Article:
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Enterprise JavaBeansTM Tutorial:
Building Your First Stateless Session Bean

by Tom Daly and Uday Shetty

About this Tutorial

The intention of this tutorial is to demonstrate how easy it is to build server-side Java components using the Enterprise JavaBeans component model. In fact, ease-of-use and ease-of-programming are key. It is designed to enhance your understanding of the Enterprise JavaBeans Specification, and the Enterprise JavaBeans model by providing concrete examples and step-by-step guidelines for building and using Enterprise JavaBeans applications.

This tutorial shows you how to program Enterprise JavaBeans, and how to install, or deploy, them in an Enterprise JavaBeans container. Note: in Enterprise JavaBeans terminology the installation process is called deployment. The Enterprise JavaBeans Container is provided by the Enterprise JavaBeans server vendor, so is not something the programmer has to worry too much about.

By following the eight steps, and working through the examples, you will become familiar with the fundamental pieces of the Enterprise JavaBeans model, and create the Enterprise JavaBeans version of the "Hello World" program.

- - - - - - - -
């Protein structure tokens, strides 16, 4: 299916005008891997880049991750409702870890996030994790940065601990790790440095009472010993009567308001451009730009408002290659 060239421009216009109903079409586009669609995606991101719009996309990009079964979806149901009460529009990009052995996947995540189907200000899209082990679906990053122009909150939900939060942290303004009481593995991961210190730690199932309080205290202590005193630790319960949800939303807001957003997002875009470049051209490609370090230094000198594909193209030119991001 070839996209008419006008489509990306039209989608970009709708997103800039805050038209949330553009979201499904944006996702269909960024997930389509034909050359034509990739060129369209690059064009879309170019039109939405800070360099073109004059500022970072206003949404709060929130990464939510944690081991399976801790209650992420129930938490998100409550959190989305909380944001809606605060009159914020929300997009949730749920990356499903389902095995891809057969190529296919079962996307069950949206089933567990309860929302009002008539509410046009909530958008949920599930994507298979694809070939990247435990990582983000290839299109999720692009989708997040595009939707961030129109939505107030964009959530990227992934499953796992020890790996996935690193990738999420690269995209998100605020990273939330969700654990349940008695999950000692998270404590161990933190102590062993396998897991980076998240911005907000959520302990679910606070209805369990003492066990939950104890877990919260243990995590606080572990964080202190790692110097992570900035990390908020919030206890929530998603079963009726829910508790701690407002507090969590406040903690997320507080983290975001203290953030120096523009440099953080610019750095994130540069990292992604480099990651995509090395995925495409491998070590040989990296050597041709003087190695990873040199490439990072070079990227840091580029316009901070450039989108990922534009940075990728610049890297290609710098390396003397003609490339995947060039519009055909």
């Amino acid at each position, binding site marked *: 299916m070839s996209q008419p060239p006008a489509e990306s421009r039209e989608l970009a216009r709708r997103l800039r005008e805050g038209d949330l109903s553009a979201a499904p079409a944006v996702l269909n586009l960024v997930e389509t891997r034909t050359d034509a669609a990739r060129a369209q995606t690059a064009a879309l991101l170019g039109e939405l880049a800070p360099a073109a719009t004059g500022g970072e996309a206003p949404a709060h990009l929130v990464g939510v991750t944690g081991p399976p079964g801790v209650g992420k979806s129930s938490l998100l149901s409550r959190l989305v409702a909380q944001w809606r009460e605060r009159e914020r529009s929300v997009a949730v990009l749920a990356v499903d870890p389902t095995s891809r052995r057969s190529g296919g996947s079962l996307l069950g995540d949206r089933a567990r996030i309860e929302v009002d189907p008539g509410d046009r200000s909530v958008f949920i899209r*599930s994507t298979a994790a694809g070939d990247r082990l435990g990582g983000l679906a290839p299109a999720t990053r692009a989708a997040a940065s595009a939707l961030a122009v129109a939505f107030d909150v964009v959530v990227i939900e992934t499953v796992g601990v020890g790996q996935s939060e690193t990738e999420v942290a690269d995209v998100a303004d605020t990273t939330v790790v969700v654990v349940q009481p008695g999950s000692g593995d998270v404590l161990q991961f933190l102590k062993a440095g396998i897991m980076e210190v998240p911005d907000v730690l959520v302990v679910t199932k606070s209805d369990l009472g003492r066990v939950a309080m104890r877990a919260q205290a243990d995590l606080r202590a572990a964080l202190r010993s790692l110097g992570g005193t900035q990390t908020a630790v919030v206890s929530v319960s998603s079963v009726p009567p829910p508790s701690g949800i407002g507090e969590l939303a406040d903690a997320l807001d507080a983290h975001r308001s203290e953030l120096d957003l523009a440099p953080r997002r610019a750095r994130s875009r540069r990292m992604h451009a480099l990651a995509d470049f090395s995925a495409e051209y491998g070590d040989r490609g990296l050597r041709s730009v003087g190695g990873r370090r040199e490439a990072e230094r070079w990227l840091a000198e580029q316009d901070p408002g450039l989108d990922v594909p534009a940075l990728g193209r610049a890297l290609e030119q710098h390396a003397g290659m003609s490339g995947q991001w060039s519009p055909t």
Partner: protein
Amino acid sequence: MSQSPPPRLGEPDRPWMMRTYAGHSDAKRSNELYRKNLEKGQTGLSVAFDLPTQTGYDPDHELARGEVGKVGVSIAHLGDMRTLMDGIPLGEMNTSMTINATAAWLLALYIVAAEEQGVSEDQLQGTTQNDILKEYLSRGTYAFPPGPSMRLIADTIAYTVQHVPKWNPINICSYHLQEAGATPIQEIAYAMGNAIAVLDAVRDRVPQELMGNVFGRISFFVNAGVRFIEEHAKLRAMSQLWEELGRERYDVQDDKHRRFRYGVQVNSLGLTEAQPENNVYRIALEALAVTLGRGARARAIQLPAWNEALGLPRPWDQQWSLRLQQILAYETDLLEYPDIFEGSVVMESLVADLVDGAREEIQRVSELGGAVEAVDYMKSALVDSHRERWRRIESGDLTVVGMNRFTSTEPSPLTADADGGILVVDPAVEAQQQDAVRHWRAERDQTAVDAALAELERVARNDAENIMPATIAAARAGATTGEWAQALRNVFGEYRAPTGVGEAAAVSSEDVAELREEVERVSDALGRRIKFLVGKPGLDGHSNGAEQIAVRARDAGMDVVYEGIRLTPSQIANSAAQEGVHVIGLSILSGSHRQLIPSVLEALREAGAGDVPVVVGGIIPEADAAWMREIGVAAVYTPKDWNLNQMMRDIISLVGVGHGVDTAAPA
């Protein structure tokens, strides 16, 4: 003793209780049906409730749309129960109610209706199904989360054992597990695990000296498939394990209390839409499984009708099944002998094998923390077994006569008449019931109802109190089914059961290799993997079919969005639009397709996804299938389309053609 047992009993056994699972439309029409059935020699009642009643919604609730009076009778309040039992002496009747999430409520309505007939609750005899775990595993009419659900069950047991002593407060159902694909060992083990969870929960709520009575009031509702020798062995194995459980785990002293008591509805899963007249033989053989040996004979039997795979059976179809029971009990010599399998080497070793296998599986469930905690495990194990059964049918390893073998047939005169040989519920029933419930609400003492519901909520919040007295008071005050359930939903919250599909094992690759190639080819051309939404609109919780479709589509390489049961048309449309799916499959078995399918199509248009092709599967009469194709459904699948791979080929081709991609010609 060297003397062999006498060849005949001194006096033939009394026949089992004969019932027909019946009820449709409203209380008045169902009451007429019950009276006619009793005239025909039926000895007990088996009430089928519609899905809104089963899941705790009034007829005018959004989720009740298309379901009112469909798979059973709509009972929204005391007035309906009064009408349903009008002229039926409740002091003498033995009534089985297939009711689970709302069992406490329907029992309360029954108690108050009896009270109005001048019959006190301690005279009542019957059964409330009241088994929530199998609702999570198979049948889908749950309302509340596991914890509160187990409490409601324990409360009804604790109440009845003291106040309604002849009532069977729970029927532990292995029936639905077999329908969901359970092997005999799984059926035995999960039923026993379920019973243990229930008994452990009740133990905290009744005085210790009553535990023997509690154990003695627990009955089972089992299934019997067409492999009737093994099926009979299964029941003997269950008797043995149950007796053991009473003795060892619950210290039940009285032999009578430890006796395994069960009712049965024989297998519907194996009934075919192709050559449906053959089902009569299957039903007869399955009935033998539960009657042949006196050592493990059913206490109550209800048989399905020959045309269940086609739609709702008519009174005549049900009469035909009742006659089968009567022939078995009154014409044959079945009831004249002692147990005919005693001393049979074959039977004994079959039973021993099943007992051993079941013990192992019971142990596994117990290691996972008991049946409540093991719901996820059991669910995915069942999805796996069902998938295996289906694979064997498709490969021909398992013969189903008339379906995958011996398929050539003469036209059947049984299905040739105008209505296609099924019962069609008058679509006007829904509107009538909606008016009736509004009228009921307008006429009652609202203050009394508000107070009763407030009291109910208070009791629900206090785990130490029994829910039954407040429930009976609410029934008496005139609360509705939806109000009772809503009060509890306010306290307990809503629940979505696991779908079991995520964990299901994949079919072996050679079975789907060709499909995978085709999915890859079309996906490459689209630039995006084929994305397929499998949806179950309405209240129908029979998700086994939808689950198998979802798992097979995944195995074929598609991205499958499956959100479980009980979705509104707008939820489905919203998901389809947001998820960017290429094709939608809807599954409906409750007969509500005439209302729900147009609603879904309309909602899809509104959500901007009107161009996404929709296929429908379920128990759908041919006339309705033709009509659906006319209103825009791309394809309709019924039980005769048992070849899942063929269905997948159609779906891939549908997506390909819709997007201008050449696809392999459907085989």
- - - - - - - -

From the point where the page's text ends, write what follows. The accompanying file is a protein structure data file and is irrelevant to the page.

To get the most out of this tutorial you need to be familiar with at least the basic concepts of the Enterprise JavaBeans programming model. Programmers who are not familiar with Enterprise JavaBeans should refer to the Java Tutorial, and the white paper, Enterprise JavaBeans Technology.

About the Example

The example introduces a complete stateless session enterprise JavaBean with source code for all the components. It is functionally equivalent to the perennial "Hello World" program. It is the simplest of all enterprise beans to write, and demonstrates the Enterprise JavaBeans model with minimum complexity.

The example is built assuming access to the BEA Weblogic Enterprise JavaBeans server, which is mainly for convenience as an evaluation version of this server, and is available on the Web, (see Step 1 for BEA Weblogic download and installation instructions). The code for the bean should work in any Enterprise JavaBeans-compliant container or server. The only changes required should be in the deployment process and perhaps the client code. The diagram below describes the architecture of the DemoBean example and its client program.

To continue the tutorial, click here.

[ This page was updated: 5-Nov-99 ]

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